U.S. swimmers dominate all-time medal tally
The United States owns the most Olympic swimming medals of all time: 230 gold, 164 silver and 126 bronze for a total of 520. That’s nearly a third of all Olympic swimming medals ever awarded. The next closest country, Australia, captured a total of 186 all-time medals.
Michael Phelps, the most decorated Olympian of all time with 22 career medals, by himself is tied with West Germany on the medal table for 14th place.
The American swimmers brought 31 medals (16 gold, nine silver and six bronze) home from the London Games. Japan was next-closest in London, bagging 11 medals, though zero were gold. Australia, often seen as a rival for the U.S. in the pool, captured 10 medals (one gold, six silver and three bronze) in London for fourth place in the standings.
At the 2008 Beijing Olympics, the U.S. again earned 31 medals: 12 gold (boosted by Phelps’ eight golds), nine silver and 10 bronze medals. Australia came the closest they’ve ever been to the U.S.’ Olympic swimming medal total, winning 20 medals: six gold, six silver and eight bronze.
In 2004, the Americans captured 28 medals in Athens (Phelps won six gold and two bronze to contribute to the U.S. total of 12 gold, nine silver and seven bronze). Australia remained in second place on the medal table, capturing 15 medals: seven gold, five silver and three bronze.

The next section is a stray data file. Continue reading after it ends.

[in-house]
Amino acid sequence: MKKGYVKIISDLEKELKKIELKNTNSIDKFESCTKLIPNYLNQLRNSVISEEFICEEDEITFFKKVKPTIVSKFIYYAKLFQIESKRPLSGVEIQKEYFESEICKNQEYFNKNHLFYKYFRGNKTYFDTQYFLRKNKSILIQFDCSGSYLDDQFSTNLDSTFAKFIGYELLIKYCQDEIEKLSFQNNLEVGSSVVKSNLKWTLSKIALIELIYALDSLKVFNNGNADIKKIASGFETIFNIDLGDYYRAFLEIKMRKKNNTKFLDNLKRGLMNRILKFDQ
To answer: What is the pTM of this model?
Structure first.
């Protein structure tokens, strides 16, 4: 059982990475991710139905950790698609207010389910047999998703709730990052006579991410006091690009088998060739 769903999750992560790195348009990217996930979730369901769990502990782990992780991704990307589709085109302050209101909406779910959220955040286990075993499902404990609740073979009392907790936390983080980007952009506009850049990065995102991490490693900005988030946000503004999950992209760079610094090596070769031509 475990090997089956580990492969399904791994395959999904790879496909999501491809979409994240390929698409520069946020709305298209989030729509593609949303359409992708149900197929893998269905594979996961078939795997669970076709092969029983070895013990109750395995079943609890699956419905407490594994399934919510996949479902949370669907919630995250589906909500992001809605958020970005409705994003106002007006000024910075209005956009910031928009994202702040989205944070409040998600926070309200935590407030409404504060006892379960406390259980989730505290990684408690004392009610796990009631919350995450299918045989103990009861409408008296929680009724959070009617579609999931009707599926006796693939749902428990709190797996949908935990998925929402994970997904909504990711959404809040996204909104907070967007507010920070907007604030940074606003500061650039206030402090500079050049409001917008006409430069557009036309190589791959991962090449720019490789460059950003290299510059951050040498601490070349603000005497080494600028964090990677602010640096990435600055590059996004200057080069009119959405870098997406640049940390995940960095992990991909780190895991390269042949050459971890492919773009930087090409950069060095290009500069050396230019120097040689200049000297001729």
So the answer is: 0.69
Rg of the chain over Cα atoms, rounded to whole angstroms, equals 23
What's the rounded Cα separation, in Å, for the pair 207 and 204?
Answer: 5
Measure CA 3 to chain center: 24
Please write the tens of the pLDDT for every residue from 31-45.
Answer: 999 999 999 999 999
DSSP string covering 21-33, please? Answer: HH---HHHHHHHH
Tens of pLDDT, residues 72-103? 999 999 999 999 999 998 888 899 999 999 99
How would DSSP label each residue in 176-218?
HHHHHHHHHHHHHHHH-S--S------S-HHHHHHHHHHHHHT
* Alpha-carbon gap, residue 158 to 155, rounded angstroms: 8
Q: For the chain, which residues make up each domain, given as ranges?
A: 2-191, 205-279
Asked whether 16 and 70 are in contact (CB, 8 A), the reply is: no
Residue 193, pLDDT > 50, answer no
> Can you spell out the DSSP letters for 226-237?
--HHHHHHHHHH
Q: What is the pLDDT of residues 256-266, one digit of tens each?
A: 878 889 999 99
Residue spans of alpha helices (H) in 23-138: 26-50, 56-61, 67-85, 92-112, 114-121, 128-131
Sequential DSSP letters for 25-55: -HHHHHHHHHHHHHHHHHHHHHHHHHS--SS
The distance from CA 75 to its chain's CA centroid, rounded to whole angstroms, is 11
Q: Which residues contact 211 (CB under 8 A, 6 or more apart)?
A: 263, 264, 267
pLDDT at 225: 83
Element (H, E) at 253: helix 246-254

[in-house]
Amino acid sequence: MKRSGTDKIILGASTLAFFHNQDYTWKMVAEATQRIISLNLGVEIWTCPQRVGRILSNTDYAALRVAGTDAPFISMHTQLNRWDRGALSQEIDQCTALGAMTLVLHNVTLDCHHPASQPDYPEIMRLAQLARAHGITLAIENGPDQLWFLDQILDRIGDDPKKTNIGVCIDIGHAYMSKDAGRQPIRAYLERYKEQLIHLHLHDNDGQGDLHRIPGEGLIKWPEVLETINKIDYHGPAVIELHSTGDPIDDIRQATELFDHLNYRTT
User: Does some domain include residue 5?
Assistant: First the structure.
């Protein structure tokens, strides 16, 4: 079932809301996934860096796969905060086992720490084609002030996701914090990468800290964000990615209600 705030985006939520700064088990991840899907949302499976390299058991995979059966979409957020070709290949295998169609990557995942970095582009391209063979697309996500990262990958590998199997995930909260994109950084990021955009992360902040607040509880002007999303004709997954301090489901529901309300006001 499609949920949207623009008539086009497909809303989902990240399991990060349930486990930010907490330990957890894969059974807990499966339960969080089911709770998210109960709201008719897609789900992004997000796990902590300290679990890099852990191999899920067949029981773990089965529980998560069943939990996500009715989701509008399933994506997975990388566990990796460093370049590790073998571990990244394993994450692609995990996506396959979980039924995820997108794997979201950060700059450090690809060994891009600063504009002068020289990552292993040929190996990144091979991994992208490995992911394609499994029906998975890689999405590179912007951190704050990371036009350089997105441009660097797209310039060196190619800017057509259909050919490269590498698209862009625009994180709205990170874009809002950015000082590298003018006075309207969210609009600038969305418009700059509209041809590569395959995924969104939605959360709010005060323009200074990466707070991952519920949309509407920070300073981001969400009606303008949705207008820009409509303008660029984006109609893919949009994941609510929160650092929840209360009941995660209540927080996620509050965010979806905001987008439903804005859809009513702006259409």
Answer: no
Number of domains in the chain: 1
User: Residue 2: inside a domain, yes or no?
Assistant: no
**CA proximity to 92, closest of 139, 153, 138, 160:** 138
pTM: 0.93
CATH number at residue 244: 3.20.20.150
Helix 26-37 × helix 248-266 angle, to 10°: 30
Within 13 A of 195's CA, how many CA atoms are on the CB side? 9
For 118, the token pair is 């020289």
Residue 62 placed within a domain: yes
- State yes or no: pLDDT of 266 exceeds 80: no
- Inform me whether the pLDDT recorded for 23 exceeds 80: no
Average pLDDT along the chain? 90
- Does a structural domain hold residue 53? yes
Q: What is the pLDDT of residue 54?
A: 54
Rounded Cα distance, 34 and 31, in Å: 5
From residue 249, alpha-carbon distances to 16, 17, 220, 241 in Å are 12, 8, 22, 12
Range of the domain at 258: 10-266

At the 2000 Sydney Olympics, U.S. swimmers cracked the 30-medal mark, bringing 33 medals home to the States (14 gold, eight silver and 11 bronze). It would mark the last time that Phelps wouldn’t contribute to the U.S.’ medal count at an Olympic Games. Australia, competing on home soil, earned 18 medals (five gold, nine silver and four bronze) for a third-consecutive runner-up spot on the medal table.
In 1996, Team USA swimmers earned 26 medals in home soil: 13 gold, 11 silver and two bronze. Australia again was next closest, winning two gold, four silver and six bronze medals for a total of 12.
In 1992, the U.S. team won 27 Olympic swimming medals (11 gold, nine silver and seven bronze). Russia – competing as the Unified Team – played runner-up with 18 total medals: 11 gold, six silver and one bronze.